First-year students guard their right to vote by studying rigged elections
This article is part of an occasional FOCUS series on the Byrne Family First-Year Seminar Program. The one-credit courses offer students a chance to explore science, art, politics, and other topics as they learn firsthand from professors who are deeply – and often passionately – immersed in research. In its second year, the seminars program is a central part of the transformation of undergraduate education in New Brunswick. The task force envisioned an intellectual community that embraces undergraduates as soon as (and even before) they arrive on campus.
T. Jackson Lears, professor of history and teacher of the Byrne Seminar “How to Steal an Election,” takes the subject of the seminar personally as well as professionally.
“I am a citizen and a voter, and I am disturbed by the proliferation of problems with voting in the last several elections,” Lears said.
The seminar explores the history of electoral fraud in the United States, from the Jim Crow era through the 21st-century. “To make democracy something more than a hollow ritual, vote counts must be as accurate as possible. If students, like other citizens, want their votes to count, they need to know about the many subtle and complex ways to steal elections," Lears said. "Some techniques are legal; others are electronic, wide-ranging, and virtually undetectable. All undermine the very basis of our democracy: the consent of the governed.”
Lears is a cultural historian with a wide array of interests – U.S. intellectual history, folk history, comparative religious history, and the history of visual arts in America. He has written books on topics as diverse as advertising and luck. For this seminar, he researched the various means of election stealing – legal and illegal, high-minded, and base – including George Washington Plunkitt’s 19th-century adventures with Tammany Hall in New York, attempts to disenfranchise African Americans in the South and working-class people in the North after the Civil War, and the recent controversies surrounding the elections of 2000 and 2004.
The students assembling in Lears’ Mine Street office conference room on a midSeptember afternoon were still figuring out how to use the library and finding out what parties were scheduled for the weekend. But when Lears appeared, bearing bottles of soda water and bags of cookies, the students got down to business.
“I’ve learned that first-year students at Rutgers are remarkably smart and savvy about politics,” Lears said. “I’ve gained a clearer notion of objectivity; it is not simply balance but evidence.’”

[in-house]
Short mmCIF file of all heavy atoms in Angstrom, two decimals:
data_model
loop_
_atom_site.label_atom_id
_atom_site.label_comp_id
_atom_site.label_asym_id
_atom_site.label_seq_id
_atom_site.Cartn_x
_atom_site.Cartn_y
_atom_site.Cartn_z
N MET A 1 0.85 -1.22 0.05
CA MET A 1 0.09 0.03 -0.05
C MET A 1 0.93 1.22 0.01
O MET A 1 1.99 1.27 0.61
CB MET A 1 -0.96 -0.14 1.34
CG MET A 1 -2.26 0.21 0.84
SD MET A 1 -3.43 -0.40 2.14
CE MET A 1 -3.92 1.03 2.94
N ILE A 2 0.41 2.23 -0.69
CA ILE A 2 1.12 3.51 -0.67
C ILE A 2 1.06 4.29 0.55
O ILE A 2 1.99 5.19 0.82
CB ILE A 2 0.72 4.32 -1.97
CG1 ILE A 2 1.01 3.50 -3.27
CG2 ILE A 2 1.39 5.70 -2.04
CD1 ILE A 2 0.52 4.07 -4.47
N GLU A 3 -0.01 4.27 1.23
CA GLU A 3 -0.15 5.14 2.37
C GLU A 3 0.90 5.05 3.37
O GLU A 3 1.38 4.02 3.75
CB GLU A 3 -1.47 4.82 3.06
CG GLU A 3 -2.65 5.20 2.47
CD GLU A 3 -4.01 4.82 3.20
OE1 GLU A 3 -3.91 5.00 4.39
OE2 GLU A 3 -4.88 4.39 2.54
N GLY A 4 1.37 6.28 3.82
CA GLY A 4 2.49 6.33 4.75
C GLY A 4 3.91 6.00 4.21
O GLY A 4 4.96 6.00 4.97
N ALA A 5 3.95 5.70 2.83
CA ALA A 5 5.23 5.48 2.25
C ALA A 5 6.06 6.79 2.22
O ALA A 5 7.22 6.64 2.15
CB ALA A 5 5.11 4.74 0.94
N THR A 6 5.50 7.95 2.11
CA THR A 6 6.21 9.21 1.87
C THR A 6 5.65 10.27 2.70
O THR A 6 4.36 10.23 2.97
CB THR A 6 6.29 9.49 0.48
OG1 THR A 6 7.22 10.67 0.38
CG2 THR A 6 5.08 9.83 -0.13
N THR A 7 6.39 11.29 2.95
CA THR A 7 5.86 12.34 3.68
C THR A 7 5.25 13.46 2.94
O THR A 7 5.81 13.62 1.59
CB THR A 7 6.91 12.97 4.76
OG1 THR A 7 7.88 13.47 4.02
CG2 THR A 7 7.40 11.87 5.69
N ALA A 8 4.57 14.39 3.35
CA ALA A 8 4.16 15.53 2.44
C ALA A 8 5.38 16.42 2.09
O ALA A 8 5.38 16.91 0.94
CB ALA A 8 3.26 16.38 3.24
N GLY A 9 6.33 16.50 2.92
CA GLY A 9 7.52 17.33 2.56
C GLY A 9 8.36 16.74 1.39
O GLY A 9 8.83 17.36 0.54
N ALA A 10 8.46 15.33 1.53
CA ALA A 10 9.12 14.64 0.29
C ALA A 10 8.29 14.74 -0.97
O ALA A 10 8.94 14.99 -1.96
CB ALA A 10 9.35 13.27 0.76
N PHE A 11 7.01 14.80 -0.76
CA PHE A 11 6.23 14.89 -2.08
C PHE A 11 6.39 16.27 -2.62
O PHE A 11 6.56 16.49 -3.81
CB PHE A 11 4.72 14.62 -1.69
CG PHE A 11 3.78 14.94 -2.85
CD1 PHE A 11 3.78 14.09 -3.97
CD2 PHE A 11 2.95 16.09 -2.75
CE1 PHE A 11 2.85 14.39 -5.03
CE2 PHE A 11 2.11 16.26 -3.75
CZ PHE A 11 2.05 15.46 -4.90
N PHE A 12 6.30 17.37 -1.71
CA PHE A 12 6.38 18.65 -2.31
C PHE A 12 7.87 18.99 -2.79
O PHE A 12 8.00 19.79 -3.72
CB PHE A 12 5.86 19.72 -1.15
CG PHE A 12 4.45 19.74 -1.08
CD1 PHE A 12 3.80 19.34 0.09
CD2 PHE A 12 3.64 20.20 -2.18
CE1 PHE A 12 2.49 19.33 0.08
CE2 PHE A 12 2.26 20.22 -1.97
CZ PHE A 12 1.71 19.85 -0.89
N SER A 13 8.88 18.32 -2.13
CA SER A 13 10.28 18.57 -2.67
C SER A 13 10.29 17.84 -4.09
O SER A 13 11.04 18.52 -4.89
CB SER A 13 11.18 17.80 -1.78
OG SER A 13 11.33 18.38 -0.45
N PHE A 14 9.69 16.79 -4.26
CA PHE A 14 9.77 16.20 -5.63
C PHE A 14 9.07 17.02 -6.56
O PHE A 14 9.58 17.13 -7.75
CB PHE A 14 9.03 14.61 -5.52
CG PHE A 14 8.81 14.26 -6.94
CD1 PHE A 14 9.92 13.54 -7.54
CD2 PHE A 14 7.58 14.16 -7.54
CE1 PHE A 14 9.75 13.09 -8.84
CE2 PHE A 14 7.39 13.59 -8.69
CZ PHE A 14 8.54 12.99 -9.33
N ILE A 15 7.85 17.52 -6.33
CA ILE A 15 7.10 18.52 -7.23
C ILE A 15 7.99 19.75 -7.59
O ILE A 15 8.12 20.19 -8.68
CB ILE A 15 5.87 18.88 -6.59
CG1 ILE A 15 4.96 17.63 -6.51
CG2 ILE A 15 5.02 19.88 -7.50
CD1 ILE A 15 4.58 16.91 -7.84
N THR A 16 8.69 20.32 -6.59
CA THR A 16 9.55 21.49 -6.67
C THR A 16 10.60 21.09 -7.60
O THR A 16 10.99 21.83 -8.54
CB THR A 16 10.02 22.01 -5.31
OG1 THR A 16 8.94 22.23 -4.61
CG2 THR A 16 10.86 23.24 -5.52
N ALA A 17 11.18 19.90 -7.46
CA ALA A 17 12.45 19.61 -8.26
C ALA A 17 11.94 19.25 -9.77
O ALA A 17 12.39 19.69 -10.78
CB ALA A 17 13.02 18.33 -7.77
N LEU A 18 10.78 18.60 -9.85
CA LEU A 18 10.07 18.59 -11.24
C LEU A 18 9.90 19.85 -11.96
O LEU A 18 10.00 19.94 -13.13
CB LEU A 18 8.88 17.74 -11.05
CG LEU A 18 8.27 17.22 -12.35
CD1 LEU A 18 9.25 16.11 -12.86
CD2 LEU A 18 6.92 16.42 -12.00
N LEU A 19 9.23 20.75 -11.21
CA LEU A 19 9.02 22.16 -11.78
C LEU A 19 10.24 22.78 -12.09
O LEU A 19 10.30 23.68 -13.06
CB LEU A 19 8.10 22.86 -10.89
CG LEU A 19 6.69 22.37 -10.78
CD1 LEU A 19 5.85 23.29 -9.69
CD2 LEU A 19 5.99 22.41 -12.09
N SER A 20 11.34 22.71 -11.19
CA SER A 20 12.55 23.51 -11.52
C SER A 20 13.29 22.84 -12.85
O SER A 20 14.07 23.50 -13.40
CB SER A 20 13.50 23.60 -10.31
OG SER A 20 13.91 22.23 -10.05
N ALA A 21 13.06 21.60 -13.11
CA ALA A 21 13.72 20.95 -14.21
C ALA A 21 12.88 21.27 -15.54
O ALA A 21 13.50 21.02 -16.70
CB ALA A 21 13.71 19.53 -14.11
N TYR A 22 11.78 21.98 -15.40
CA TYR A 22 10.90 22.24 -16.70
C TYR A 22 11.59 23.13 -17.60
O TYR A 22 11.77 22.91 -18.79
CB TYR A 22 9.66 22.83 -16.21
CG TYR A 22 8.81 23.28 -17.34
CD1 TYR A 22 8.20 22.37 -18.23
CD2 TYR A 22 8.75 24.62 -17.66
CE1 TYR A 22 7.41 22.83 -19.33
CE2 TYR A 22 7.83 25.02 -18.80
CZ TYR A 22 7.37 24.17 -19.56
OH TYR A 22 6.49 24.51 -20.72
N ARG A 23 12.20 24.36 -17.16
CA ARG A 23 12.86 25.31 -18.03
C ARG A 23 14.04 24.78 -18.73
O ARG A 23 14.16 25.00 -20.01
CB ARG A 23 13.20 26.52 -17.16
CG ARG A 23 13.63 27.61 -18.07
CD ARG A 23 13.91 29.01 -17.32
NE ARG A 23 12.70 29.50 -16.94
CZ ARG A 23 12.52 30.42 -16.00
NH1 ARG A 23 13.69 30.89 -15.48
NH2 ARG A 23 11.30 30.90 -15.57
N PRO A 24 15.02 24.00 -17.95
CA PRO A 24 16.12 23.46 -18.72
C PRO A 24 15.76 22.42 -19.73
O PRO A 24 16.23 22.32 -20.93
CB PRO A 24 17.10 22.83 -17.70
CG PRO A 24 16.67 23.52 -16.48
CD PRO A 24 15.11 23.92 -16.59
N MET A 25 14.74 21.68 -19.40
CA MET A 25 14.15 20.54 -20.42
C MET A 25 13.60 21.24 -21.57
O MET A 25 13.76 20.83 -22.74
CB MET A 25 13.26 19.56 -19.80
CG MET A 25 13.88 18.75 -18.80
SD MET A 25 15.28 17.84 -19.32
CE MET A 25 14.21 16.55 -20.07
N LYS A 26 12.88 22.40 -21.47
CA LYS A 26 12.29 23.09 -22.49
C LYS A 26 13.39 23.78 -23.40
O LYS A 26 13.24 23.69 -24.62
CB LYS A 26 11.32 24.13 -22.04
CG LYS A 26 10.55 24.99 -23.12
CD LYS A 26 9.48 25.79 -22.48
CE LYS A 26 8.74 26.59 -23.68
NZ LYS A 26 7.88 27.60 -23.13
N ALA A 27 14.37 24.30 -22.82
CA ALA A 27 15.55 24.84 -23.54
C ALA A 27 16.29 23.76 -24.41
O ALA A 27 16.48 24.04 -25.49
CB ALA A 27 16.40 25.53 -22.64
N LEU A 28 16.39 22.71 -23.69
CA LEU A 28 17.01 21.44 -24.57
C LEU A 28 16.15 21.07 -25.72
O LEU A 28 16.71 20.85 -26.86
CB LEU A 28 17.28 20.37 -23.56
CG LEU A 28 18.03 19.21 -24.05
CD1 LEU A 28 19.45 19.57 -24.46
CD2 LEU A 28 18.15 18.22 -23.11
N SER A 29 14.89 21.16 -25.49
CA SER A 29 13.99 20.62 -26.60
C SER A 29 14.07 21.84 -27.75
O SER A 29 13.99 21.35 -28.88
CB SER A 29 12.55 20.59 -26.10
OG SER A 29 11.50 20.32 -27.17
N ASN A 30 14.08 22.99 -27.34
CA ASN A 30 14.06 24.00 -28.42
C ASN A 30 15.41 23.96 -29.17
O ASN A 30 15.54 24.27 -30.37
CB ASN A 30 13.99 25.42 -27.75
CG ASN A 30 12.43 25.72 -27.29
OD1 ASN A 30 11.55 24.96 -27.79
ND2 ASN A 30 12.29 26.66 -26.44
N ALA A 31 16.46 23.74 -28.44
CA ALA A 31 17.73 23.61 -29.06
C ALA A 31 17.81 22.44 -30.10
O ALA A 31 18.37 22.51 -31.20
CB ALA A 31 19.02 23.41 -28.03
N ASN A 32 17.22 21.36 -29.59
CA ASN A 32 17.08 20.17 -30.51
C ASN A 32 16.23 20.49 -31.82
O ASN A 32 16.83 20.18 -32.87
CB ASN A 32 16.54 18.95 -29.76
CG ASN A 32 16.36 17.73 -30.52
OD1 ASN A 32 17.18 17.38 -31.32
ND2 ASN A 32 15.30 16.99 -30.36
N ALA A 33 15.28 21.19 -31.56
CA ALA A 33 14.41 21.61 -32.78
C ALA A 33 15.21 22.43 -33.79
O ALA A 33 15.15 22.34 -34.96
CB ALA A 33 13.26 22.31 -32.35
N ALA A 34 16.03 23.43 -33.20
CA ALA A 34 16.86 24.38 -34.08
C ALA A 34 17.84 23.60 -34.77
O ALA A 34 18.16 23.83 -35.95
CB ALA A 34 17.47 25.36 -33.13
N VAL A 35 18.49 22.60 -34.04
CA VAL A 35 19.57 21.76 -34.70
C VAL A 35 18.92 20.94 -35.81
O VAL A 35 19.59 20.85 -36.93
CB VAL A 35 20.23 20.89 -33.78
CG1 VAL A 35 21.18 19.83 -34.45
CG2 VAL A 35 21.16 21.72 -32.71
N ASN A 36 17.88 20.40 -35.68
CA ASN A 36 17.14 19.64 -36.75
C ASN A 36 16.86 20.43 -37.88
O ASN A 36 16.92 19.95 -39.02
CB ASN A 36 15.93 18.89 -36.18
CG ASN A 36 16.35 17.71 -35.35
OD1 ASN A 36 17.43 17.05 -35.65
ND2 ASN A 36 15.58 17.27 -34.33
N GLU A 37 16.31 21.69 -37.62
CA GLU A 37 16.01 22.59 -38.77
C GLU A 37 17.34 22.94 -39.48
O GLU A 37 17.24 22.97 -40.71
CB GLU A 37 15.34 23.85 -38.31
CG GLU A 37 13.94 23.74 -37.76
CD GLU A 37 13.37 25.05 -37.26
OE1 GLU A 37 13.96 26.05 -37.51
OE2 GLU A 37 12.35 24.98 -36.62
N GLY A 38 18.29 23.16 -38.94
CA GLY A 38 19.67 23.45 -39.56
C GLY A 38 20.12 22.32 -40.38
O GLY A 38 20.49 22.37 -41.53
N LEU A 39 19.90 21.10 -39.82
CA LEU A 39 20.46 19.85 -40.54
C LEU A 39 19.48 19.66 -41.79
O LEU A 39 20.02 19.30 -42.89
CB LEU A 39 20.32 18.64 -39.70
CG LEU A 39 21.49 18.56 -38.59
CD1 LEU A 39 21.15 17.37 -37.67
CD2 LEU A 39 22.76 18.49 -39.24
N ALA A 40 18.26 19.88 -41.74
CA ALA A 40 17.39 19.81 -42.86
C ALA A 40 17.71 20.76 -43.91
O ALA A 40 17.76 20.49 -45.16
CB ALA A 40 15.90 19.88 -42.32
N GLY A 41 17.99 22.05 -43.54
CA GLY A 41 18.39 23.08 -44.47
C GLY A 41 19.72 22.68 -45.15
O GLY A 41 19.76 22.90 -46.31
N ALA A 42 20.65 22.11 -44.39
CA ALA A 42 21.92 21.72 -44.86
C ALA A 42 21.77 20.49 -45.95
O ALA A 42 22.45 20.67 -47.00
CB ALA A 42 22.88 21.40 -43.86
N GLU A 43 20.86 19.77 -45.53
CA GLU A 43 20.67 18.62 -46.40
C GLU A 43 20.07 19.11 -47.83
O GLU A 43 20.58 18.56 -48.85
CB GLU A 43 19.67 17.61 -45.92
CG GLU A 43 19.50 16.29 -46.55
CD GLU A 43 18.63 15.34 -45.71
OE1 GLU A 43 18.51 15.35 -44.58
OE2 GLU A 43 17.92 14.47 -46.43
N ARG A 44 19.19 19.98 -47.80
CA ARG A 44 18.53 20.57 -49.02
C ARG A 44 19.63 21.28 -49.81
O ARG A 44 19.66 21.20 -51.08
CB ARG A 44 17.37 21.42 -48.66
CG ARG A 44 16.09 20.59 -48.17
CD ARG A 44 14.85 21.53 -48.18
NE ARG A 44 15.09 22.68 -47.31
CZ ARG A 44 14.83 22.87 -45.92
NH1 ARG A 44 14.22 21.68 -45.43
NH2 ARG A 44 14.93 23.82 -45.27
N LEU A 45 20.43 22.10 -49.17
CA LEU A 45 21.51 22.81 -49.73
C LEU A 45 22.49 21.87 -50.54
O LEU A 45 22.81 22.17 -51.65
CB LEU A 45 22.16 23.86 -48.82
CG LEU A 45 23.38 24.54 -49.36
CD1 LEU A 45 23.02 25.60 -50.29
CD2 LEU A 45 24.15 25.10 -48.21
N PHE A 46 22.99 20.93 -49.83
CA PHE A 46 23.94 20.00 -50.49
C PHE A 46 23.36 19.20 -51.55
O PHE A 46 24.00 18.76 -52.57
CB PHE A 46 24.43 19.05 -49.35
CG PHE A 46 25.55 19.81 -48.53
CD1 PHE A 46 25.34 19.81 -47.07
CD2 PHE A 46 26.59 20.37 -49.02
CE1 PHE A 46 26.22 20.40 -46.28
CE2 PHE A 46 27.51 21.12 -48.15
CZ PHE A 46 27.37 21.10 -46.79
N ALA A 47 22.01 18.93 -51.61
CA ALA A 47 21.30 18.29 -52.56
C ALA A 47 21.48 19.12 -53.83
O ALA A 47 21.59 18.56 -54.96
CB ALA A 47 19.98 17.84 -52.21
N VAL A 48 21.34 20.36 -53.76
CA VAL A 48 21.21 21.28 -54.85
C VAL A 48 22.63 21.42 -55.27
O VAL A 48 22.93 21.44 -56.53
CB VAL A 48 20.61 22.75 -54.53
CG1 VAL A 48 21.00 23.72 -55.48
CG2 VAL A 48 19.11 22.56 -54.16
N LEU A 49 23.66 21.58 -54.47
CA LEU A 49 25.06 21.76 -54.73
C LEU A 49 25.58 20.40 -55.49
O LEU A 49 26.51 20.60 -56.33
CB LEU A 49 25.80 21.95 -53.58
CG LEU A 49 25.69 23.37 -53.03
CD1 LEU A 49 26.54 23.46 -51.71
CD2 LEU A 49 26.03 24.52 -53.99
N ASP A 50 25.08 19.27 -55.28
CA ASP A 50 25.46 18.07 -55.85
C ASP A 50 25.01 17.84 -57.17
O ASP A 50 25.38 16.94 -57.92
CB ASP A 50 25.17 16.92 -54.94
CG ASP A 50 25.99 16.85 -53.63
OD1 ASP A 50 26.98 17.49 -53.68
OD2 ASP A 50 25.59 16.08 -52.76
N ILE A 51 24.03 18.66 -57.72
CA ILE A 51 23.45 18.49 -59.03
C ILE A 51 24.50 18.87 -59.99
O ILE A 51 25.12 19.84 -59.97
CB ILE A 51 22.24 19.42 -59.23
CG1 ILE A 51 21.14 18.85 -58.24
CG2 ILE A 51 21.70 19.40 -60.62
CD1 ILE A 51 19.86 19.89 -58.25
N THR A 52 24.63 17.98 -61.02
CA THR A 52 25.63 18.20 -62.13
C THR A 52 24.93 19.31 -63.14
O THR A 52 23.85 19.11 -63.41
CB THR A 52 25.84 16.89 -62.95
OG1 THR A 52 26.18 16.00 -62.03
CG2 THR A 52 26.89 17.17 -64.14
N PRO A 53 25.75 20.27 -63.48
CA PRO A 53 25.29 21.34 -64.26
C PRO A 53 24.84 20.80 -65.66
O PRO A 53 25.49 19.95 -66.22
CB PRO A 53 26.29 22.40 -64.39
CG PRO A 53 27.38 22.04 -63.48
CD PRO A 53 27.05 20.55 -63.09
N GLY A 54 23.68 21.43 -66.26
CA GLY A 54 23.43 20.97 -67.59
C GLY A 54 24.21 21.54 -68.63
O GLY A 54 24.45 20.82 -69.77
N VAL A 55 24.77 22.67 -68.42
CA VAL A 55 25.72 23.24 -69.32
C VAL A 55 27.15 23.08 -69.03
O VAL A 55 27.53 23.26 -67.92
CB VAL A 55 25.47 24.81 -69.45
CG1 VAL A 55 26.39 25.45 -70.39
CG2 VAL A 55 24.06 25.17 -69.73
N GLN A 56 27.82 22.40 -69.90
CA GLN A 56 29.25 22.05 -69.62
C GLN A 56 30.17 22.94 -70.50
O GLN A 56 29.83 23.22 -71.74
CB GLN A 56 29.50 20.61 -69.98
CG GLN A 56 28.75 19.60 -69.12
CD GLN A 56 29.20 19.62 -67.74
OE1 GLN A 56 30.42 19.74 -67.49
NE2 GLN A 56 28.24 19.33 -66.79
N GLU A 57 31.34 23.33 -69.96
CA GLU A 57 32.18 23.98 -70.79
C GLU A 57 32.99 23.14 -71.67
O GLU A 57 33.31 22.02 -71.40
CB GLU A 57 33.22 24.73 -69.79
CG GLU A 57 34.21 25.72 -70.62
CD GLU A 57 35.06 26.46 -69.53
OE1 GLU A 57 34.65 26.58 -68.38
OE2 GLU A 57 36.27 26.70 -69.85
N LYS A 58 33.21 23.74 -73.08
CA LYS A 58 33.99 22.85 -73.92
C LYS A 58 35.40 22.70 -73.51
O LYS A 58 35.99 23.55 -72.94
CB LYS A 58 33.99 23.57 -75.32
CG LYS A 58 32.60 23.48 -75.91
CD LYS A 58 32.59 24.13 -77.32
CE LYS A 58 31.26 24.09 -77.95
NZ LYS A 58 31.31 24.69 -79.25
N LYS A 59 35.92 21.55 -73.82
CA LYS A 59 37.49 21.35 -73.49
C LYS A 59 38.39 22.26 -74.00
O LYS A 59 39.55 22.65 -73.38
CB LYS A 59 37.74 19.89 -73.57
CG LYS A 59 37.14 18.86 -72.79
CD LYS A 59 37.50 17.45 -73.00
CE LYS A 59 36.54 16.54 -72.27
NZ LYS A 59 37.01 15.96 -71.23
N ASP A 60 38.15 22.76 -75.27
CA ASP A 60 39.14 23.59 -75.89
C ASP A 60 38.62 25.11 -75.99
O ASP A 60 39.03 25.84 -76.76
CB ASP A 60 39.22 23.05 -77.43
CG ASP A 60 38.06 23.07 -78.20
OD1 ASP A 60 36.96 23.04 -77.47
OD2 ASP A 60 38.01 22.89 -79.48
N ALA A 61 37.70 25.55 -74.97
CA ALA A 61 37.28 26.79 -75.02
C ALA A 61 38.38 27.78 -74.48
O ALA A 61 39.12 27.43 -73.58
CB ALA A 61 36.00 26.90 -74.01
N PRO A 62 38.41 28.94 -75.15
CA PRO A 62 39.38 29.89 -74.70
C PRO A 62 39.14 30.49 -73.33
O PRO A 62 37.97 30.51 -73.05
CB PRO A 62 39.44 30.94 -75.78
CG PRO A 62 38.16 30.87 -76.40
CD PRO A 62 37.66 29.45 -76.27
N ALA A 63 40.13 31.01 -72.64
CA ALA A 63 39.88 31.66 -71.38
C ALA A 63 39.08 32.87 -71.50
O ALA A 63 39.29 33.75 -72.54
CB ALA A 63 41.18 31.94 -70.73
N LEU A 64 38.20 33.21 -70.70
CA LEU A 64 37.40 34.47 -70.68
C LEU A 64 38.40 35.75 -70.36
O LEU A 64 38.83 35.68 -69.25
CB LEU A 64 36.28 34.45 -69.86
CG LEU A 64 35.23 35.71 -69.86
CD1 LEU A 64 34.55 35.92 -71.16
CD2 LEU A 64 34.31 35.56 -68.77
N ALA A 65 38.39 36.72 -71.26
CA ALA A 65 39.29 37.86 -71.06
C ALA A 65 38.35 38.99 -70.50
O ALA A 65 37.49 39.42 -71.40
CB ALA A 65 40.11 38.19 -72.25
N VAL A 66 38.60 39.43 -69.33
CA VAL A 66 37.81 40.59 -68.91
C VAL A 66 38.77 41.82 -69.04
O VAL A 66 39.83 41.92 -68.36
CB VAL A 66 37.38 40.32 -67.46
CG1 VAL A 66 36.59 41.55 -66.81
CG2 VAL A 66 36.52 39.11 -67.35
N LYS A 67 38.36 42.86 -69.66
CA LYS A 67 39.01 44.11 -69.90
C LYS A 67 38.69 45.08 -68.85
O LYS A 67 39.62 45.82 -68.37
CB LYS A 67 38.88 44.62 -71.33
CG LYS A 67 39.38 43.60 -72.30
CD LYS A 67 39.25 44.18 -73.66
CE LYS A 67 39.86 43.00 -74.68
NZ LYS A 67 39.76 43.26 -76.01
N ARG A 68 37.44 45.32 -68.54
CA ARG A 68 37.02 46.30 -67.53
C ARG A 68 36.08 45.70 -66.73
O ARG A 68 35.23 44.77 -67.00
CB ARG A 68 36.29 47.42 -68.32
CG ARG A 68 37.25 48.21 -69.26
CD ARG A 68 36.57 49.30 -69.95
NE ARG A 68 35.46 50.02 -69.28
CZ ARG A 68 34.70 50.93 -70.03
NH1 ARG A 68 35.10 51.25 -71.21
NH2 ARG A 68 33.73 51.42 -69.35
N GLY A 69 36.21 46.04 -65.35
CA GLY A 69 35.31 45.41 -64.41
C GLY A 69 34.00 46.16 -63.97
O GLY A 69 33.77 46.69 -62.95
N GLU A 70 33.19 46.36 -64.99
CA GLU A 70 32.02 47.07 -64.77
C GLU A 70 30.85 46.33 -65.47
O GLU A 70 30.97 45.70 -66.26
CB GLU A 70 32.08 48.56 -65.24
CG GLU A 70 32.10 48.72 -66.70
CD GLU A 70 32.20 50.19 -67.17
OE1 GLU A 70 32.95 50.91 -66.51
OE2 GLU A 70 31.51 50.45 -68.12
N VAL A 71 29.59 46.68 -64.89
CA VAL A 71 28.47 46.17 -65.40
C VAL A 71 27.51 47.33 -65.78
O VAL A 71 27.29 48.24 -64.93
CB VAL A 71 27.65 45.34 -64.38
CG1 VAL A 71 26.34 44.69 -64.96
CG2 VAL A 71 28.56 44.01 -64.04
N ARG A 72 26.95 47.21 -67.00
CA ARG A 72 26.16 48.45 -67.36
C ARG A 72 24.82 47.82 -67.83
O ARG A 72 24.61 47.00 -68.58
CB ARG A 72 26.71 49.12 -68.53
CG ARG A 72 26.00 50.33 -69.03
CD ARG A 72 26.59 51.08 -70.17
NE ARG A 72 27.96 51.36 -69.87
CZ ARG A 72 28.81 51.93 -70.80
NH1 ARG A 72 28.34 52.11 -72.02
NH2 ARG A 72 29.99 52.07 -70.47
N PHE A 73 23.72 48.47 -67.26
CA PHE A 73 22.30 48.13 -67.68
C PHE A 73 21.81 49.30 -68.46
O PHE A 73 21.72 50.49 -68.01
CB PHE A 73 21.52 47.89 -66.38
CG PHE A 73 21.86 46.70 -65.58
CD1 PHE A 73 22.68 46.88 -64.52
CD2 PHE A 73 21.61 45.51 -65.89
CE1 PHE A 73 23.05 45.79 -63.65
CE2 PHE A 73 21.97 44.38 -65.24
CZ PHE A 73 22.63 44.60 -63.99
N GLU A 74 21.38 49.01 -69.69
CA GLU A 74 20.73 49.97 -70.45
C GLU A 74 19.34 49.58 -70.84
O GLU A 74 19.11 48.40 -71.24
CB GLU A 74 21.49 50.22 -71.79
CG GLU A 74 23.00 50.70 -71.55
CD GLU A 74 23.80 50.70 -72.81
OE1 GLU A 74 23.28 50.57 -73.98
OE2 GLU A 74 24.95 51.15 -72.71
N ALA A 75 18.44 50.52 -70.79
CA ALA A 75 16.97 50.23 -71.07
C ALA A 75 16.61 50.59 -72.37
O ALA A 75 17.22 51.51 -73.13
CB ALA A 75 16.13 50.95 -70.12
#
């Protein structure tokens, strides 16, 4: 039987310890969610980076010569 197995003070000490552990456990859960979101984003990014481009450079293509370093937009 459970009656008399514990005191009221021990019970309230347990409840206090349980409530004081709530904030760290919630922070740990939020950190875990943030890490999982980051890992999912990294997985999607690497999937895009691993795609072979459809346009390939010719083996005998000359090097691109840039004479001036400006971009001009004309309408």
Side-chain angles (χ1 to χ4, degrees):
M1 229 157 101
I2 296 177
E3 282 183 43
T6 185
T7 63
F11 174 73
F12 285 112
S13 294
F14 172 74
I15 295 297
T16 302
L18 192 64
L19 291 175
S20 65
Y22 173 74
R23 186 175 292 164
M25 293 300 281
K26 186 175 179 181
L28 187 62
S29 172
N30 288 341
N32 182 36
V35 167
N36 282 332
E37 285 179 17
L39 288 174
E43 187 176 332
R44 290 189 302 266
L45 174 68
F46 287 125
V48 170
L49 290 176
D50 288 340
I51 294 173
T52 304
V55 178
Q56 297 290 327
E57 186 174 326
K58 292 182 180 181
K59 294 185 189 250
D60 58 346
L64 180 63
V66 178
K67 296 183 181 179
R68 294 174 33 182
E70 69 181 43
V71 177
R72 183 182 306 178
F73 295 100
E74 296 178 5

Since their last meeting, the group had been reading about ways to abridge the right to vote without breaking the law – basically, by changing the law. On a recent Wednesday afternoon, Lears led the class in a discussion of the systematic restriction of the right to vote in the South and the “Australian ballot,” a term for secret ballot, based on the practice originating in Australia in the 1850s.
In post-Civil War America, the secret ballot was promoted as an electoral reform, but it was also part of efforts to “purify” voting by making sure that poor, illiterate, and black voters didn’t vote. Tactics included literacy tests, poll taxes, the grandfather clause, and the “fighting grandfather clause,” Lears said, which a man could vote, illiterate or not, if his grandfather fought for either side in the Civil War – unless he was black and fought for the Union.
Lears asked first-year student Corey Strausman to explain how a literacy test might work. “Well, it might mean that a white person would be asked to read a sentence or two, and a black person might be asked to read The Canterbury Tales,” Strausman replied.
That question-and-answer exchange might take place in any class. But now, Lears shifts pedagogical gears. Throughout the class, he adopts a series of provocative positions and invites his students to challenge his point of view. This intellectual debate, characteristic of upper-level courses, is central to the Byrne Seminars.
Lears played devil’s advocate, asking if there might be some justification for a literacy test. “Let’s try a thought experiment,” he said. “Might not a literacy test be justifiable? Part of the noble cause of election reform, so that only informed citizens can vote?” he asked. “Some of you in this very room have pointed out that people often cast their votes for the dumbest of reasons. ‘Oooh, I think he’s cute, I’ll vote for him.’ That sort of thing.”
No one in the class spoke in favor of literacy tests, not even Boris Van Der Ree, whom Lears identified as a “Burkean conservative.” “A literacy test is never noble or even moral,” Van Der Ree said. “It’s just an attempt to keep people from voting who might not vote your way.”
Pre-business major Liz Satter defends a voter’s right to cast a vote based on cuteness. “I might think other people vote for someone for dumb reasons, and they might think the same of me,” she said. “But voting is a right, and if I want to vote for somebody because he’s cute, that’s my business.”
"Okay, I surrender,” Lears said. “I abandon my defense of literacy tests. I think they’re outrageous. I always suspected as much, but now you’ve convinced me.”